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Lyme Disease and Tick Borne Diseases: Early Detection and Prevention Tips

Disclaimer :: I am not a medical professional, and the information and opinions presented in this article are based on my experience and personal research and not of FWMB or CMBN.  

Nine years ago I was bitten by a mysterious bug while sleeping at a lake house in Texas. Less than 48 hours later, a mysterious rash developed at the site of the bite, and I made my way to the emergency room. “Must be a spider bite,” was the assumption, and I was given antibiotics and steroids and sent on my way with the directive to return if it got any worse. Two days later, with an ever-growing rash and onset of flu-like symptoms, I returned to the emergency room. This time they administered IV antibiotics and a steroid cream for the rash. I had to return one more time before the rash started to disappear. The flu-symptoms lingered but eventually went away. Unfortunately, the story doesn’t end there.  

Remember that “spider bite” with the “mysterious rash”? Yep, you guessed it: that was Lyme Disease all along. Lyme Disease is very curable if treated within 4-6 weeks of exposure with appropriate antibiotics. However, once it becomes established in your body, it starts to hide. Once it hides, it’s nearly impossible to fully eradicate. 

On top of Lyme Disease, there are several other tick-borne diseases present in North Texas that can be transmitted through a tick bite. Rocky Mountain Spotted Fever and Tularemia are both transmitted through a bite from a tick as well. 

I feel a sense of responsibility to equip my fellow mommas with some early detection tips along with some easy prevention suggestions. It is my hope that, if you tuck this information into the back of your mind, you and your loved ones will be spared from living with Lyme or other tick borne illnesses. 

Early Detection and Treatment Is Crucial

If you develop any of the following symptoms after being bit by a tick or other insect, seek medical attention immediately. 

  • Bull’s eye rash: This the most common way to detect early Lyme. The rash typically begins at the site of the bite, is flat, and may be warm to the touch. It can appear anywhere between 2-30 days after exposure and will last anywhere from 1-7 days. Most Lyme rashes have the classic bull’s eye appearance, but others may experience an “atypical” rash that differs from the bull’s eye pattern. Only an estimated 50-70 percent of people infected with Lyme will develop the rashVisit here for a picture library of various Lyme rashes.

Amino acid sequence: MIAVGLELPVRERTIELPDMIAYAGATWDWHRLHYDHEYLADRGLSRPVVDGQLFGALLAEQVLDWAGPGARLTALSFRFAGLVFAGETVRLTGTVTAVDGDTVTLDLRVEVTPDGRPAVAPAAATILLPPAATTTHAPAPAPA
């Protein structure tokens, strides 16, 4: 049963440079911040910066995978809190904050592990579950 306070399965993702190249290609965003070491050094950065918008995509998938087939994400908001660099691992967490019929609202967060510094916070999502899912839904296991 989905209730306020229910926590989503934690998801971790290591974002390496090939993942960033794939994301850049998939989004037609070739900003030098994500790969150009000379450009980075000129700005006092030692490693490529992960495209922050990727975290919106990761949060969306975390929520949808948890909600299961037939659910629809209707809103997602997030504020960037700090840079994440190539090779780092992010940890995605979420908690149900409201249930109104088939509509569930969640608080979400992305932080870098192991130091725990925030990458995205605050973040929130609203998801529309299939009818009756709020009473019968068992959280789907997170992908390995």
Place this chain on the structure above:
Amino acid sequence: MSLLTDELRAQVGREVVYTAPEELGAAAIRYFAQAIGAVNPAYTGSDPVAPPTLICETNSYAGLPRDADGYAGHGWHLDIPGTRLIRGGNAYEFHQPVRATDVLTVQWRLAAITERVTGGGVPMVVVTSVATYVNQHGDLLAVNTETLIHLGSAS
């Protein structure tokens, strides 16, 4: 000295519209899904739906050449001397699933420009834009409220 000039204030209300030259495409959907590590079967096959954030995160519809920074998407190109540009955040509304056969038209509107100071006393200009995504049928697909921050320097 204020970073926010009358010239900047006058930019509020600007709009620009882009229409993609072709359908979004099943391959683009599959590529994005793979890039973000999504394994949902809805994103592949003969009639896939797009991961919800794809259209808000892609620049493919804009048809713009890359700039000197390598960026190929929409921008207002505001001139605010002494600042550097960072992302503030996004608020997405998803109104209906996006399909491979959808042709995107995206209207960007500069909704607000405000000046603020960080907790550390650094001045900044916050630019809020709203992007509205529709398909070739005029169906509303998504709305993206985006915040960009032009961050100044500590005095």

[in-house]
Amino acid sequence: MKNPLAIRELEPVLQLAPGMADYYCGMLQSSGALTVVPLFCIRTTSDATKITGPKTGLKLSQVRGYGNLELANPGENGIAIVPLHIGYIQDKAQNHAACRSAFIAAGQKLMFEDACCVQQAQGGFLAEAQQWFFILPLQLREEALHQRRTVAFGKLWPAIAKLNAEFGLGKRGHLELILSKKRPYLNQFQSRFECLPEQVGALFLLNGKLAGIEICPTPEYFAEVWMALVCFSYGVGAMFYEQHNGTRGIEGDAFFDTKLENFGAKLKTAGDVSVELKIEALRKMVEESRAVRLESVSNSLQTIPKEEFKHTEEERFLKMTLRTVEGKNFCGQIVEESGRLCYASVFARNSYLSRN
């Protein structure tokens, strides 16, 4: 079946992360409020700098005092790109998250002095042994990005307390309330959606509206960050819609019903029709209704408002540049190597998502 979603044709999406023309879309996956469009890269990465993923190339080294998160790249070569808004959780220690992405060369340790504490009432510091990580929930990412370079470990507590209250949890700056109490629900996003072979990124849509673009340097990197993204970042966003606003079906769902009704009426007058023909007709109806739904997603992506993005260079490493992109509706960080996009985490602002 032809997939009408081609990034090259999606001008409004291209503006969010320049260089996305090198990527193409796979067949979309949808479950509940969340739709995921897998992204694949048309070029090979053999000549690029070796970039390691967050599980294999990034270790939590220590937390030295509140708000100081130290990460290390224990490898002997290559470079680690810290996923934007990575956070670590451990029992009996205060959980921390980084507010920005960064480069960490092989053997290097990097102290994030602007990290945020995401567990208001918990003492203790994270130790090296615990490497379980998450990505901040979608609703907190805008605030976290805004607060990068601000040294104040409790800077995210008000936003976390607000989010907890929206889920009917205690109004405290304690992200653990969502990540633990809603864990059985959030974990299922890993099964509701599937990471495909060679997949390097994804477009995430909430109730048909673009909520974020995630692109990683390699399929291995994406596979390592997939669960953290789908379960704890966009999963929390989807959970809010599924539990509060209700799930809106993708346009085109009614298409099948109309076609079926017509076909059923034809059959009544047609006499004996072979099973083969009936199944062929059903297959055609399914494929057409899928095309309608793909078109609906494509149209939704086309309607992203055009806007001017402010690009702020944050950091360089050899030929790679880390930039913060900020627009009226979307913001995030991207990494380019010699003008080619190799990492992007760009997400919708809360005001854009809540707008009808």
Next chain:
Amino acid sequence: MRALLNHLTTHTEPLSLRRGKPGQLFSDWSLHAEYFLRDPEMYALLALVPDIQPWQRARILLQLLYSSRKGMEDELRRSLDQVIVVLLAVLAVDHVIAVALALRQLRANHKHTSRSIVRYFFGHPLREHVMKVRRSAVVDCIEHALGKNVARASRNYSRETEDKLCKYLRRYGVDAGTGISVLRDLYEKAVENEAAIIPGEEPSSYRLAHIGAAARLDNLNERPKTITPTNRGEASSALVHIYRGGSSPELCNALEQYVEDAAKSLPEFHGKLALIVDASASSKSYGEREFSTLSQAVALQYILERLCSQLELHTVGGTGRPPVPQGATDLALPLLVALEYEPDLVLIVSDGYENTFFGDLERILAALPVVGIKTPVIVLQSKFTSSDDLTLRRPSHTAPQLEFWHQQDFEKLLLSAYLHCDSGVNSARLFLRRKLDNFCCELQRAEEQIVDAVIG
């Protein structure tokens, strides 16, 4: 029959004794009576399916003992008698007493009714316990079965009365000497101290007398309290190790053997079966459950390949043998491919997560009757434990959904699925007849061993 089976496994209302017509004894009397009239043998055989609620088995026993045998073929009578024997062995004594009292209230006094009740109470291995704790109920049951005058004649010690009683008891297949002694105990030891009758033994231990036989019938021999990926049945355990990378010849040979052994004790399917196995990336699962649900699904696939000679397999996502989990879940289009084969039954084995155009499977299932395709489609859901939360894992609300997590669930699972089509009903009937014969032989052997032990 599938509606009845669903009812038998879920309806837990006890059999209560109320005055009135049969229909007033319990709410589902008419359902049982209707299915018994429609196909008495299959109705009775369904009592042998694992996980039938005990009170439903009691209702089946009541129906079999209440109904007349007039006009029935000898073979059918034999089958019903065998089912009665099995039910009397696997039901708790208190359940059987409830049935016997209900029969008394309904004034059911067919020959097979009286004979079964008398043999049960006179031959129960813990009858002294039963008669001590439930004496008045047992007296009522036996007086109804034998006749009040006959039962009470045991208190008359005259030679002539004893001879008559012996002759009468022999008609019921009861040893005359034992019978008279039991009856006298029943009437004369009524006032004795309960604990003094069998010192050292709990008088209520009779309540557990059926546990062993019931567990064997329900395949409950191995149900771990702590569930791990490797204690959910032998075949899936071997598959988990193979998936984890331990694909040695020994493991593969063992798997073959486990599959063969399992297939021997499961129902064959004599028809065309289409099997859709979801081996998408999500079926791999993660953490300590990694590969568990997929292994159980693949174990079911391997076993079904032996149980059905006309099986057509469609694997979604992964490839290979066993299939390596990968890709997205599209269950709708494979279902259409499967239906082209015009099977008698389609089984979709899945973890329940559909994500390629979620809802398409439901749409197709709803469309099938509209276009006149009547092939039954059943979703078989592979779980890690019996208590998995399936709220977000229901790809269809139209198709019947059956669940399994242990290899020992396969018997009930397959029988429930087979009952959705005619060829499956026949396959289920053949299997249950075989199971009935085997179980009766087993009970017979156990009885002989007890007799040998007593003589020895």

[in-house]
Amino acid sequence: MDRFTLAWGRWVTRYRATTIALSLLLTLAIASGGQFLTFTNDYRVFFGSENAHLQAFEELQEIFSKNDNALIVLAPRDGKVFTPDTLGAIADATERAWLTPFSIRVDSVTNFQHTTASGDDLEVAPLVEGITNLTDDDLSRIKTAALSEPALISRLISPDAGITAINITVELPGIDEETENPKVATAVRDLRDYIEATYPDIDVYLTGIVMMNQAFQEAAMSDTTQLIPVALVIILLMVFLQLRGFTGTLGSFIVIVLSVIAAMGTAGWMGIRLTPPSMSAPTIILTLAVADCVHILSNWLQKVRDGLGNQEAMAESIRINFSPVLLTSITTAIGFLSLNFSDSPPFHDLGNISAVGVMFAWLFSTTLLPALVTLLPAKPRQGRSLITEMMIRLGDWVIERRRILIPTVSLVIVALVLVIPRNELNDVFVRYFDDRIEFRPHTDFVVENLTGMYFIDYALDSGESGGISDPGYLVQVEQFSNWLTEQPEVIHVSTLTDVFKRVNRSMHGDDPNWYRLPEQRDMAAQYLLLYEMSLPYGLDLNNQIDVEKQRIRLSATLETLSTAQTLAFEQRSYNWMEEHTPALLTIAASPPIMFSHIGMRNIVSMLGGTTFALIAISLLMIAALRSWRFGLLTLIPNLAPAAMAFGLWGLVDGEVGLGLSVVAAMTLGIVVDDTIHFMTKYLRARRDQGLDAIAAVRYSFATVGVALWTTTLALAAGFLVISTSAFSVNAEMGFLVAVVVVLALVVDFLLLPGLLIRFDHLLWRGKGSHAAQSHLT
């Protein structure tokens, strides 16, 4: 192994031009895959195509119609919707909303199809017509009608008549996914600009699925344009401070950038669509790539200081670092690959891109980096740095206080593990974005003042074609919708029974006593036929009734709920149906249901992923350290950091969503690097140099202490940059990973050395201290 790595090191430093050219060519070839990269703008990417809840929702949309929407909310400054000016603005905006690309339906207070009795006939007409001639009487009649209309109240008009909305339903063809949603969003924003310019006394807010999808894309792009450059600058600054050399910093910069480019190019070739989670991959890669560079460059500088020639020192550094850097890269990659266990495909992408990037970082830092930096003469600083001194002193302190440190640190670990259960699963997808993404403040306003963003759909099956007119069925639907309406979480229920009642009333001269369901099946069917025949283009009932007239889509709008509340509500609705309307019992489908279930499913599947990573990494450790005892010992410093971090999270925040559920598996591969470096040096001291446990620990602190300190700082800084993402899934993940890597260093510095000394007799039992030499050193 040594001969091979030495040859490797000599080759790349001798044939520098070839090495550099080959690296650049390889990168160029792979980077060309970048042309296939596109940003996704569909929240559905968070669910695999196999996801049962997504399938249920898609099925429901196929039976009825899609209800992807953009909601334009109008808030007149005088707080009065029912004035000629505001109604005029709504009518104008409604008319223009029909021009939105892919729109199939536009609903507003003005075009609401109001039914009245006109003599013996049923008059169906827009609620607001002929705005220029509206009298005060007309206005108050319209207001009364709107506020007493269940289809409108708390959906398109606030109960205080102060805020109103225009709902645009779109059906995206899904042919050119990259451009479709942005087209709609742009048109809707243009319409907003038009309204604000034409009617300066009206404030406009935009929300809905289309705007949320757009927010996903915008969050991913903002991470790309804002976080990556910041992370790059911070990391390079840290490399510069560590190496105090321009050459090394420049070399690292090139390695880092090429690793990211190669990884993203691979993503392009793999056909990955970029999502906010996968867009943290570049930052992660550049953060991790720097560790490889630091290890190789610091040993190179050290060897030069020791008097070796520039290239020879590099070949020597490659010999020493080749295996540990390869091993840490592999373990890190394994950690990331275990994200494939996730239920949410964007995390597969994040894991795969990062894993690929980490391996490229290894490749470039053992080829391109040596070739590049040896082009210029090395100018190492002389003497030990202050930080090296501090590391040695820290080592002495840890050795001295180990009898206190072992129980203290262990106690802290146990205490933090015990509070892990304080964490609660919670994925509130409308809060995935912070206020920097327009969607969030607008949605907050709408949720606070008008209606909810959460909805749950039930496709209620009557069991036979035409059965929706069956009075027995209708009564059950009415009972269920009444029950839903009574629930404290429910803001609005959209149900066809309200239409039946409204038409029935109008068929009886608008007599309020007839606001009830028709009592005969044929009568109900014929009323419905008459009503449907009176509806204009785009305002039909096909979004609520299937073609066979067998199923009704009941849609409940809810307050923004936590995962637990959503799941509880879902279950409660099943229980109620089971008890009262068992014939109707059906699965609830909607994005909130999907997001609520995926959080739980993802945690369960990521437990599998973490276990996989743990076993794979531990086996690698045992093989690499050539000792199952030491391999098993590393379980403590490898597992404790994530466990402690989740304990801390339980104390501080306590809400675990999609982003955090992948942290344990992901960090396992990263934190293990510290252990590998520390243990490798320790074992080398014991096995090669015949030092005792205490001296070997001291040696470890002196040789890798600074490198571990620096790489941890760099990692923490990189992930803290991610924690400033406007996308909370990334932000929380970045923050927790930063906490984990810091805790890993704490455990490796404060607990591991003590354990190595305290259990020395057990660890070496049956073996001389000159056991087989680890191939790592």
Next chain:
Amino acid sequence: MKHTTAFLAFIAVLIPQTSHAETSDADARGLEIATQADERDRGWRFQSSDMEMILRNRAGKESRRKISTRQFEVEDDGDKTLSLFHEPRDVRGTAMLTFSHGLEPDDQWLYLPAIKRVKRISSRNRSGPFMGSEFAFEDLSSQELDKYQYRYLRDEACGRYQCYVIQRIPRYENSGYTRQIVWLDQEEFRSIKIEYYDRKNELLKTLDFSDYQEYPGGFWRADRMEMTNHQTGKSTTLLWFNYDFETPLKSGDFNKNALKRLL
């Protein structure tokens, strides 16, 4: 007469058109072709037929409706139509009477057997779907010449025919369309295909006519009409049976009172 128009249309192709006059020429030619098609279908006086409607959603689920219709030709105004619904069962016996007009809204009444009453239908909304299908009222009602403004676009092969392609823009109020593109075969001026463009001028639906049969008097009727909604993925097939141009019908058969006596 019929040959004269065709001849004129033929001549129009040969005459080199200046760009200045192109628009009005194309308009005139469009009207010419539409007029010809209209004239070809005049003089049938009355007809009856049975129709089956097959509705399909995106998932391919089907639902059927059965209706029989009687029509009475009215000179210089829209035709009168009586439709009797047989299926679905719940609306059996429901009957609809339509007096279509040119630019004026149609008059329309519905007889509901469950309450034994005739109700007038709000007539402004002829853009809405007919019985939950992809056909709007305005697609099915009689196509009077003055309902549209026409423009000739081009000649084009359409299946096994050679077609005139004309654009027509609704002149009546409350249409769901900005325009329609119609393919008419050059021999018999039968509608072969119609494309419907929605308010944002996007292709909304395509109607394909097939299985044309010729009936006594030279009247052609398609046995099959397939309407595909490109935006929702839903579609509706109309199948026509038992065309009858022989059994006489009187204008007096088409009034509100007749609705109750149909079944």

• Flu-like symptoms: Symptoms that arise 2-30 days after a tick bite (or mosquito bite in Texas) can indicate Lyme or RMSF exposure. These symptoms include sudden onset of fever, headache, achy muscles and joints, and fatigue. If experiencing a high, sudden onset fever, immediate medical attention is necessary as this could indicate possible Rocky Mountain Fever exposure. 
  • Bell’s Palsy (sudden facial muscle weakness or paralysis).
  • Severe headaches or neck stiffness.
  • Joint pain.
  • Painful, swollen lymph nodes
  • Extreme exhaustion and/or trouble sleeping. 
  • “Cat Scratch” rash (this often indicates Bartonella).

If you suspect that you or a loved one has been exposed to Lyme Disease, contact the Texas Lyme Disease Association for a list of Lyme Literate Doctors in your area.  

Prevention Is Easy

When playing outdoors, prevention is key! Use these prevention tips to keep the whole family safe. 

  • Bug spray is essential! Whether you choose to use a spray with Deet or you opt for an all natural or essential-oil based spray, cover all exposed areas, including your hair. You can lightly spray your clothing as well. 
  • Cover up! If you will be exploring in areas that are dense with trees or brush, wear long-sleeved shirts, pants, and close-toed shoes. Want extra protection? Wear a hat as well. Ticks love your scalp! 
  • Perform tick checks after being in wooded and thick grassy areas. Pay close attention to the under arms, in and around the ears, the scalp, inside your belly button, back of the knees, between the legs, and around the waist. 
  • While walking in the woods or in dense grass/weeds, carry a lint brush with you. Every 20-30 minutes do a quick sweep of your clothing and shoes. You will be amazed what you pick up!
  • If a tick is found, safely remove with a fine-tip tweezers. Do not twist and do not cover the tick with any substance. This may cause the tick to regurgitate the contents of its stomach, increasing exposure risk. SAVE THE TICK and send in for testing and receive results in 72 hours. 

Remember, risks are everywhere. Yes, tick borne diseases are something to be aware of, but do not let that scare you! Simply be wise, be aware, and seek help when the need arises.

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